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Nissan's Ghosn crisis

Ghosn said to have planned tax move to Switzerland

Impending end to Dutch tax break was likely catalyst, French media reports

Carlos Ghosn's plan to move his tax domicile to Switzerland may have been prompted by the expiration of a Dutch tax break. (Photo by Tsuyoshi Tamehiro)

PARIS -- In what could be a tax avoidance scheme, ousted Renault-Nissan Motor alliance chief Carlos Ghosn reportedly planned to move his tax domicile from the Netherlands to Switzerland.

An alliance-related fund that Ghosn established in Geneva last year may have been intended to give him a pretext to reside there, L'Express reported Wednesday. The French news magazine said the move could have been prompted by the impending expiration of a tax break Ghosn had received in the Netherlands. Renault is apparently looking into the situation.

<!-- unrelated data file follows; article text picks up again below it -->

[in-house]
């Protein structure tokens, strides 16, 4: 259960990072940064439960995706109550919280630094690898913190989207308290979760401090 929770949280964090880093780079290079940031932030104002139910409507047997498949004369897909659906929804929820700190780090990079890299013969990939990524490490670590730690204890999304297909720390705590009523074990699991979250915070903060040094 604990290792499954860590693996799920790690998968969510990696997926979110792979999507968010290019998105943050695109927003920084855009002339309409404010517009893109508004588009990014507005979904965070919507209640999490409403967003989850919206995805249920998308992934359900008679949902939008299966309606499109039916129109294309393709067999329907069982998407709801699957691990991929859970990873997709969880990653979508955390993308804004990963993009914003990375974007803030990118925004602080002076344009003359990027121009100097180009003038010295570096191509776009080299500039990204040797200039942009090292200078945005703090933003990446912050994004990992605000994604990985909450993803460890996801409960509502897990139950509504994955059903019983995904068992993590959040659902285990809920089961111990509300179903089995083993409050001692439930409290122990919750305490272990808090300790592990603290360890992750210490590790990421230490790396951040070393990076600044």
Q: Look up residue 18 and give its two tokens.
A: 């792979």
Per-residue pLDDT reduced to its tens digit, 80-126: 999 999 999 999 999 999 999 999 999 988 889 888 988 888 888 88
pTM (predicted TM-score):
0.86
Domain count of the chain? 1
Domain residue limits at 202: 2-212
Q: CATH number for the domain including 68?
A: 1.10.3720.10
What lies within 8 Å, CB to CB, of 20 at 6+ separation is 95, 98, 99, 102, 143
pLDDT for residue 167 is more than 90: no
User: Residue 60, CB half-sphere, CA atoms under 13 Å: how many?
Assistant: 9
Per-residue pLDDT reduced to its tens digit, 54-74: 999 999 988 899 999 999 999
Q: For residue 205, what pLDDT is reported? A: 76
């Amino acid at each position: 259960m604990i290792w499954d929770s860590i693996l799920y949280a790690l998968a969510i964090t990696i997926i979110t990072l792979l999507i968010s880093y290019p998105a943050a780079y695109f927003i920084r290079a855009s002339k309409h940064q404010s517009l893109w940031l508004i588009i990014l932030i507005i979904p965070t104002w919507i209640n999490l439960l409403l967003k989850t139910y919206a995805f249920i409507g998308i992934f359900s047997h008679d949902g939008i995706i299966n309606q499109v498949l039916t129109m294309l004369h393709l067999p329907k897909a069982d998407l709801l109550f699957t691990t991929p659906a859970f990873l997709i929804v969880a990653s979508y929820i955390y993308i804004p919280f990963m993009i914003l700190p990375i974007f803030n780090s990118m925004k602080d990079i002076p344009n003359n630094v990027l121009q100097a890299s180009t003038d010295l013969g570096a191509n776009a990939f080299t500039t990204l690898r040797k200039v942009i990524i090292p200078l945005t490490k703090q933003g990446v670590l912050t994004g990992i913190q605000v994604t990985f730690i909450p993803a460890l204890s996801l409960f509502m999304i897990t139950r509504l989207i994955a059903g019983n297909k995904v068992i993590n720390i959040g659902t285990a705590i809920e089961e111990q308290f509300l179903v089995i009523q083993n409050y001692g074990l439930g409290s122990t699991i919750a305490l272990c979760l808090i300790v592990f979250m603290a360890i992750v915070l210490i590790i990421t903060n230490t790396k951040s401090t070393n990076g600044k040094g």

Ghosn remains in detention in Tokyo since his arrest in November on charges of financial misconduct.

The fund would have had a 30 million euro ($34 million) budget. Paperwork submitted to Swiss authorities listed Ghosn as the chief representative and said the purpose of the fund was to encourage diversity and multicultural management at companies.

Ghosn previously resided in France, but he reportedly moved his tax domicile to the Netherlands in 2012 to avoid a wealth tax. Renault-Nissan BV, the company that coordinates the alliance, is based in Amsterdam.

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